Makerspace could come to former Millvale Studios |

Makerspace could come to former Millvale Studios

Oreen Cohen and Joe Martin stand in front of the former Millvale Studios, which they hope to convert into an art and industrial makerspace.

Two Millvale residents aim to reopen the Millvale Studios building, which fire severely damaged in June 2017, as a makerspace featuring industrial equipment, an open work space and community resources.

Joe Martin and Oreen Cohen await the building’s inspection and appraisal so they can place their bid with the Millvale Community Development Corp. (MCDC), which owns the 216 North Ave. property. The partners said they received positive responses when presenting their plans to Millvale Council, and the Millvale Community Library, with whom they hope to partner on programming.

According to Tina Walker, an MCDC board member, a software company was in negotiations to purchase the building for $315,000 but the deal fell through after seven months of “due diligence,” due to rehabilitation costs and lack of parking.

“It is a fire husk,” Martin, a robotics engineer, designer, journeyman machinist and entertainment industry craftsman, said. “Everything has been ripped out after the fire. The tin ceilings have all been taken out. There’s some damage to the structure. Also, the roof needs to be replaced … they gutted a large portion of the electrical, but it was also outdated to begin with, and that was also part of the reason for the fire.”

Millvale Studios contained an art gallery, The River’s Edge internet radio station and the Millvale Yoga Collective.

The makerspace would provide basic tools and their maintenance, according to a proposal Cohen and Martin submitted to the MCDC. It would require its members’ attendance at safety and usage classes. Artists would potentially participate in a co-op arrangement, investing in and making decisions regarding the venture. Membership fees and details have yet to be determined.

A textile lab would contain industrial sewing machines and screen printing equipment.

“The front will be like a retail space but will also have the 3D printing and laser cutters and all those things,” said Cohen, a sculptor and community and arts programmer and educator, “so any of the jobs that are being sent from the makers will be sent to the front so if anybody walks in you can just watch it. So just watching these processes happen, there’s education built into that.”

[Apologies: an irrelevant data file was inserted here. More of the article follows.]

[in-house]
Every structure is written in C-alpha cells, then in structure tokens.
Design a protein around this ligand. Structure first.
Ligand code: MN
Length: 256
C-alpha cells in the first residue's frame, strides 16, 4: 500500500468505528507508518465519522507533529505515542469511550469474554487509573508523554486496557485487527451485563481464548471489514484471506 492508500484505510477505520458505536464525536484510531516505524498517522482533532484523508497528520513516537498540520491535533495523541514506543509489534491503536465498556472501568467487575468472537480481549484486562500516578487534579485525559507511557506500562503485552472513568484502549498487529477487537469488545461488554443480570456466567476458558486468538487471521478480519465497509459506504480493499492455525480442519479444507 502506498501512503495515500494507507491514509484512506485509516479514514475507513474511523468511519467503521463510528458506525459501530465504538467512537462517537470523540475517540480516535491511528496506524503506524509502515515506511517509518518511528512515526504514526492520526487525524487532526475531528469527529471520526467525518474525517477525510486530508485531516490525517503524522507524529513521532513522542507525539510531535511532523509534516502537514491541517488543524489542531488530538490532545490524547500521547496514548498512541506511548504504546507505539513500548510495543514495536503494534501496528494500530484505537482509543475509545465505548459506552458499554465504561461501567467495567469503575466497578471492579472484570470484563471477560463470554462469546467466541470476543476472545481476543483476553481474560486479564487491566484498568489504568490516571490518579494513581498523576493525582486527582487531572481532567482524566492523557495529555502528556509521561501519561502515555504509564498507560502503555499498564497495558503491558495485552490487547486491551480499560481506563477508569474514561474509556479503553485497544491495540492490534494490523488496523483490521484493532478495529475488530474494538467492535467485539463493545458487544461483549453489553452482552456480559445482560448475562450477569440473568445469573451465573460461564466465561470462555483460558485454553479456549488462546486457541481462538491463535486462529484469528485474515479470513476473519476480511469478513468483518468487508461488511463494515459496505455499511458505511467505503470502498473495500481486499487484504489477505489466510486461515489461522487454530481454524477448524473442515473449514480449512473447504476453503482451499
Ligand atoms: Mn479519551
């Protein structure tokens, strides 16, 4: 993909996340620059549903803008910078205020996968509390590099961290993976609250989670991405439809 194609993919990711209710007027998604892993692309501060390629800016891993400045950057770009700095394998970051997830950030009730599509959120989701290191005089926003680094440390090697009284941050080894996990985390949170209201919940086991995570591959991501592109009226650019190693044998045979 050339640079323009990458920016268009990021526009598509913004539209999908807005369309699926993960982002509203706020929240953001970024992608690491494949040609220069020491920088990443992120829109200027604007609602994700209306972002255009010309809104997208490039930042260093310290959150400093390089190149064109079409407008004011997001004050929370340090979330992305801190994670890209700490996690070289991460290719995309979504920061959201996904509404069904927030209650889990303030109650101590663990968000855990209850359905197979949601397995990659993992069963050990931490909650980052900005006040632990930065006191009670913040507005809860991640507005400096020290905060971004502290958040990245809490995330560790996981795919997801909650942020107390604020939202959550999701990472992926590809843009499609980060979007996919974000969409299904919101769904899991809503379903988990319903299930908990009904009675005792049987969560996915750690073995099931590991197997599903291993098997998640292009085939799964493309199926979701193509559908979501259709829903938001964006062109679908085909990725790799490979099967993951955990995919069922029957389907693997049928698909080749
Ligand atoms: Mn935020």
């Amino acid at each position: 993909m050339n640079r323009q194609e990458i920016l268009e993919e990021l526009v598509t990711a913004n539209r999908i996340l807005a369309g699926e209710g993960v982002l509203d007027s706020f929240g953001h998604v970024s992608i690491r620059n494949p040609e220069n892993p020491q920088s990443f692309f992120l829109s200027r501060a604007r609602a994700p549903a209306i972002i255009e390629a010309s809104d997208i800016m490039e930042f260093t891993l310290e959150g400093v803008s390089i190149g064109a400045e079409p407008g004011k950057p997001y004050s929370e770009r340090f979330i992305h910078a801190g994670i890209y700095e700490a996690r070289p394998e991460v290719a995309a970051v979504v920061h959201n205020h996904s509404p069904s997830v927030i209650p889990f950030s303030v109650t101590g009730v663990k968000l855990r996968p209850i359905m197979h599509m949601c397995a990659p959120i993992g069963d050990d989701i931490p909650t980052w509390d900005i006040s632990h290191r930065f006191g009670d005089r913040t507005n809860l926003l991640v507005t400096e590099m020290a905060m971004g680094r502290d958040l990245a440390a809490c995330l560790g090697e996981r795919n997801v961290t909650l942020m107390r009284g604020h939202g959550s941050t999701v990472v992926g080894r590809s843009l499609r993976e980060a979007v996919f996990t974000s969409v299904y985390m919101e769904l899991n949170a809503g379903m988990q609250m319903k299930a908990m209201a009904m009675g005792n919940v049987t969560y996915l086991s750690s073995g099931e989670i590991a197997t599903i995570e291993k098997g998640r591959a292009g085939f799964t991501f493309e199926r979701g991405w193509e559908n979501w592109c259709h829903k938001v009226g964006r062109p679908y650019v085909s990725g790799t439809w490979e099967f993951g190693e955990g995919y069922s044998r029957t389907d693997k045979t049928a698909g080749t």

“The arts in its many forms is what keeps a community thriving. The creative mind envisions what we are, what we have, what we can become and what we can share,” Walker said. “I’m thrilled that Joe and Oreen, both Millvale residents, want to reestablish the Studios, and have a dream to take the initial concept and take it to an even grander level.”

The duo is seeking investments, grants and equipment sponsors.

Cohen and Martin have discussed collaborating with the R.E.A.A.D.Y. (Redefining Education Achieving Associate Degrees for Youths) STEM (Science, Technology, Engineering and Math) & Performing Arts Charter School anticipated to open for the 2020-21 school year in Millvale’s former Holy Spirit School.

“They have the support of many community members, and organizations. The R.E.A.A.D.Y STEM Performing Arts School is very excited and looking forward to working with Oreen and Joe,” Walker said.

In fact, the partners disseminated a survey via social media asking respondents for their thoughts regarding the makerspace. Within a few days, 98 percent of 106 respondents said they were in favor of the space. Daniel Kuhn and Aasta Deth, Ton Pottery co-owners, Susan McClellan, Millvale Community Library executive director, and John Hunt, general manager of the San Jose, California, makerspace, wrote letters expressing their support for the endeavor.

To share your Millvale makerspace ideas, donate or suggest partnerships, contact: [email protected].

Erica Cebzanov is a
Tribune-Review contributor.

Categories: Local | Hampton_Shaler
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